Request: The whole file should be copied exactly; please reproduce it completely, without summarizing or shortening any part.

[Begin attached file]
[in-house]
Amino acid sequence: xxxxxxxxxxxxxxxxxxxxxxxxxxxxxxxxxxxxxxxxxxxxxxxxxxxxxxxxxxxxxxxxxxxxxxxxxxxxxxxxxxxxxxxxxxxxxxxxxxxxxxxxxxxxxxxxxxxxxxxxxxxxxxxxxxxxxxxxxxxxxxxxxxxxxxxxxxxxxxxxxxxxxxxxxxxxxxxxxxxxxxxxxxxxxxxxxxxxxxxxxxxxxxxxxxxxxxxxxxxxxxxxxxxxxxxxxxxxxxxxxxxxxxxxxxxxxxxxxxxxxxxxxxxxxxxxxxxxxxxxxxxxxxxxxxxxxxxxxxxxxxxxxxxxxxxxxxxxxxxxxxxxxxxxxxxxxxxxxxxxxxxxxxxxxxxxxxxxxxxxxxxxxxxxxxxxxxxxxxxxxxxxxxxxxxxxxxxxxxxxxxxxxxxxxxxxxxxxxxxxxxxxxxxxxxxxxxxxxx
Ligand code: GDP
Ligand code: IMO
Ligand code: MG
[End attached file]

[in-house]
Amino acid sequence: xxxxxxxxxxxxxxxxxxxxxxxxxxxxxxxxxxxxxxxxxxxxxxxxxxxxxxxxxxxxxxxxxxxxxxxxxxxxxxxxxxxxxxxxxxxxxxxxxxxxxxxxxxxxxxxxxxxxxxxxxxxxxxxxxxxxxxxxxxxxxxxxxxxxxxxxxxxxxxxxxxxxxxxxxxxxxxxxxxxxxxxxxxxxxxxxxxxxxxxxxxxxxxxxxxxxxxxxxxxxxxxxxxxxxxxxxxxxxxxxxxxxxxxxxxxxxxxxxxxxxxxxxxxxxxxxxxxxxxxxxxxxxxxxxxxxxxxxxxxxxxxxxxxxxxxxxxxxxxxxxxxxxxxxxxxxxxxxxxxxxxxxxxxxxxxxxxxxxxxxxxxxxxxxxxxxxxxxxxxxxxxxxxxxxxxxxxxxxxxxxxxxxxxxxxxxxxxxxxxxxxxxxxxxxxxxxxxxxx
Ligand code: GDP
Ligand code: IMO
Ligand code: MG